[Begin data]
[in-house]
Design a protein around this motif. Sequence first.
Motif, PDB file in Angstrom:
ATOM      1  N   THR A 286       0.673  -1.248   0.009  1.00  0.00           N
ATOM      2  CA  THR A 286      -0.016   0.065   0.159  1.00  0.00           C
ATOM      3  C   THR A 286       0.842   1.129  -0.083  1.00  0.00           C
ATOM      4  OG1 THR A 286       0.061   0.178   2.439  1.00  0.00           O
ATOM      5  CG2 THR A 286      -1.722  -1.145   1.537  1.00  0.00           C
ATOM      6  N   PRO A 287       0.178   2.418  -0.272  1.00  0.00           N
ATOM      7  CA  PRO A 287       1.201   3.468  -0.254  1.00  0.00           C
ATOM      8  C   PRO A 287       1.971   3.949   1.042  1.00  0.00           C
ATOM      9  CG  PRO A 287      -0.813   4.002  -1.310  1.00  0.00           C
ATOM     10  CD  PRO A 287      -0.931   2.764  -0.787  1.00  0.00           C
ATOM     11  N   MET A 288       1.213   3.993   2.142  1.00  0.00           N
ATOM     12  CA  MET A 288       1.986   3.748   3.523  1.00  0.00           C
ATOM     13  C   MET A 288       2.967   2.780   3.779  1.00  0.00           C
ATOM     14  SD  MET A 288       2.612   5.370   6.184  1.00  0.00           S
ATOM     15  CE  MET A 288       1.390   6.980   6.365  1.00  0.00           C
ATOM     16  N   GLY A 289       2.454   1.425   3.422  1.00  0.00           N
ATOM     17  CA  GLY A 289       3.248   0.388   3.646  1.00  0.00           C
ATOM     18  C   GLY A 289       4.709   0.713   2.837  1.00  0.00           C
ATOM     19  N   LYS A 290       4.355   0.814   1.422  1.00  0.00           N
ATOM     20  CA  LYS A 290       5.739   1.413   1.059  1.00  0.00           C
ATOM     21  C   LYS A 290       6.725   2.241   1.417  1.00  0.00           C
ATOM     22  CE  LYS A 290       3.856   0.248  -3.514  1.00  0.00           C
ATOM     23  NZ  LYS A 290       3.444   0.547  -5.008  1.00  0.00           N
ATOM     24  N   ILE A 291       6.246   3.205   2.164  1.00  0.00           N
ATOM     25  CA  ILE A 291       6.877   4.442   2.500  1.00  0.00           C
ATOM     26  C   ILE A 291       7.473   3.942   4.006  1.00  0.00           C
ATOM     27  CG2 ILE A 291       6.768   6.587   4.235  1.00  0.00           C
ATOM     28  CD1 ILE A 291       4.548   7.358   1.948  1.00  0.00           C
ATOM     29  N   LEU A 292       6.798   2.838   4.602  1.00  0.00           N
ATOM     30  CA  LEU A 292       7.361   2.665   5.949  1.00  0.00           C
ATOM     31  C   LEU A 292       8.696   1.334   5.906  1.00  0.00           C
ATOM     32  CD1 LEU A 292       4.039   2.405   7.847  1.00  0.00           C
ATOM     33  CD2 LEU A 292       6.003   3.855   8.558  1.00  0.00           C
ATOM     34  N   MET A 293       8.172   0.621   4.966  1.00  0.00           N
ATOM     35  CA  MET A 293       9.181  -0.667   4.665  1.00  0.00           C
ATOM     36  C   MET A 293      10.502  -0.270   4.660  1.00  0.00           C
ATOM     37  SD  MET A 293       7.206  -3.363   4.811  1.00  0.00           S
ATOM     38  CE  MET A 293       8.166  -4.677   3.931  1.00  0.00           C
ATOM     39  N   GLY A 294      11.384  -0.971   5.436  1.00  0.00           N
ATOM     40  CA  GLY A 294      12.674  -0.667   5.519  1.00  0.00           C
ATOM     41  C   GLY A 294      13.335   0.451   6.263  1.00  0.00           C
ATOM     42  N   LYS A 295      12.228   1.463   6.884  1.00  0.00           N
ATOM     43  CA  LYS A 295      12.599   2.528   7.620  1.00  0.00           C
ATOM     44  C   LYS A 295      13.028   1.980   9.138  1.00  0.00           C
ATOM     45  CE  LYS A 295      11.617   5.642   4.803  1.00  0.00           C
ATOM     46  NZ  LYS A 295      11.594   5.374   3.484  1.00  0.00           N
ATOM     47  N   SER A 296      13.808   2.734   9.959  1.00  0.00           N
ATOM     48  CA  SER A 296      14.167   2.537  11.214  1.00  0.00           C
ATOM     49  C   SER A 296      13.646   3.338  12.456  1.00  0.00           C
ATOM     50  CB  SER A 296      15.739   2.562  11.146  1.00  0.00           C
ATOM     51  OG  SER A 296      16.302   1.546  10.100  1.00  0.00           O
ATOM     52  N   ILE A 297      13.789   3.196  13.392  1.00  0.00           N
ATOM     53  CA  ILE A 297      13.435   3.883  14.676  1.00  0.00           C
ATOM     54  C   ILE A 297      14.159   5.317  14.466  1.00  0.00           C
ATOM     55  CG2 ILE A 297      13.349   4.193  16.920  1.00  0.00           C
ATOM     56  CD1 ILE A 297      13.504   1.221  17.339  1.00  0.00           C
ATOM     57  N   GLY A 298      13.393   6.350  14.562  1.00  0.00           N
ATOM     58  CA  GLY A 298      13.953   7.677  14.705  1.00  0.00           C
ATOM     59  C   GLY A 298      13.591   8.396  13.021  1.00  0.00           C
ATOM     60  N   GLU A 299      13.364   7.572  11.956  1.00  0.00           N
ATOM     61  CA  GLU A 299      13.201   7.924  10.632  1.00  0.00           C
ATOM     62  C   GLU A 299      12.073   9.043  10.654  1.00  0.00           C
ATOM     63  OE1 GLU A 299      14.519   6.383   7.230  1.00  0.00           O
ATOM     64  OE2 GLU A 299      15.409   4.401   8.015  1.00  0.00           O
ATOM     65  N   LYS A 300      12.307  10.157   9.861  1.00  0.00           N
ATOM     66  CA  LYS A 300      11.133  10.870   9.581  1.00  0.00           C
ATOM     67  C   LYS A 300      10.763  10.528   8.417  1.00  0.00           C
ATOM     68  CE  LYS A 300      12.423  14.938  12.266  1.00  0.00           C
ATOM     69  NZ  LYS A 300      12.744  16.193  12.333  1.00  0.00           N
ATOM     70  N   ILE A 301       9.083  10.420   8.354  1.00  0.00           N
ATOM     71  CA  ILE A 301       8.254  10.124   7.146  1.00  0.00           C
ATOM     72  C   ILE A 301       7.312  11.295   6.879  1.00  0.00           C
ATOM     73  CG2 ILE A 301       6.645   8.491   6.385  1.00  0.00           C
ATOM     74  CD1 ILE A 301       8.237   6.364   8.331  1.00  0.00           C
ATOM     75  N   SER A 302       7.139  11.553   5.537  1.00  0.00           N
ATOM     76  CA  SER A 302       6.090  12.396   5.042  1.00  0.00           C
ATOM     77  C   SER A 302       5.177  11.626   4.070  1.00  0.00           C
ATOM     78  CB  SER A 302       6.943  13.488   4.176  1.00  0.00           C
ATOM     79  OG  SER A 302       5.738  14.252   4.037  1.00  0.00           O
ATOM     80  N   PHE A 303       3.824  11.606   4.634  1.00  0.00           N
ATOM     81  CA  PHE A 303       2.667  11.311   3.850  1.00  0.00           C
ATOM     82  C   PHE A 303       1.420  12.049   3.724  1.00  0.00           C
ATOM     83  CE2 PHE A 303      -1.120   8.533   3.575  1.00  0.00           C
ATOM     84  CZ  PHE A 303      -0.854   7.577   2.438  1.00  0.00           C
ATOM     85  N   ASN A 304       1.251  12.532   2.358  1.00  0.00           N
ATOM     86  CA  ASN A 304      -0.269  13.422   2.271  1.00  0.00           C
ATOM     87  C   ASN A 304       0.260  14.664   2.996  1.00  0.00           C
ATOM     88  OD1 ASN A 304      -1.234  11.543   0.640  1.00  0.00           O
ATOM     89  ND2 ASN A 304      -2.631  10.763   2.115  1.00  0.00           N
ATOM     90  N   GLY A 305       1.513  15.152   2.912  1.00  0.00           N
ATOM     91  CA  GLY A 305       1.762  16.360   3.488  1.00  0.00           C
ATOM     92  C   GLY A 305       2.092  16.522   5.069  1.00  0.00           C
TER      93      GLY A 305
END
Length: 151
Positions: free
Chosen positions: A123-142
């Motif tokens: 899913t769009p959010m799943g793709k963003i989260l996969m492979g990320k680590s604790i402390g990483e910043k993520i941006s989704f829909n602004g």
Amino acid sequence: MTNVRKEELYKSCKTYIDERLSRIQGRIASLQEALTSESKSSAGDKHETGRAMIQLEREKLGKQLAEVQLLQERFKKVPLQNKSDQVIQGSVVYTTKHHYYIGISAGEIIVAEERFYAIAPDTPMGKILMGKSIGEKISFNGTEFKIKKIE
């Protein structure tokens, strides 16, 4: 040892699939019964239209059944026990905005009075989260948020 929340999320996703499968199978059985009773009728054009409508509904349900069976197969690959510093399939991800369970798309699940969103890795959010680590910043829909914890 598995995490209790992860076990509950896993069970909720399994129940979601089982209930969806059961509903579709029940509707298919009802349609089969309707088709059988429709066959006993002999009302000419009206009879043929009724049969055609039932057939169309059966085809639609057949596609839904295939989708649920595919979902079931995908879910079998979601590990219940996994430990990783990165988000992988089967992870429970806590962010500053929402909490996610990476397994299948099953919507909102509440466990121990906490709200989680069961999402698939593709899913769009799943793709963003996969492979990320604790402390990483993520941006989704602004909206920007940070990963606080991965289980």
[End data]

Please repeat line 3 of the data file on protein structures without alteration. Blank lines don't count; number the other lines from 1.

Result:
Motif, PDB file in Angstrom: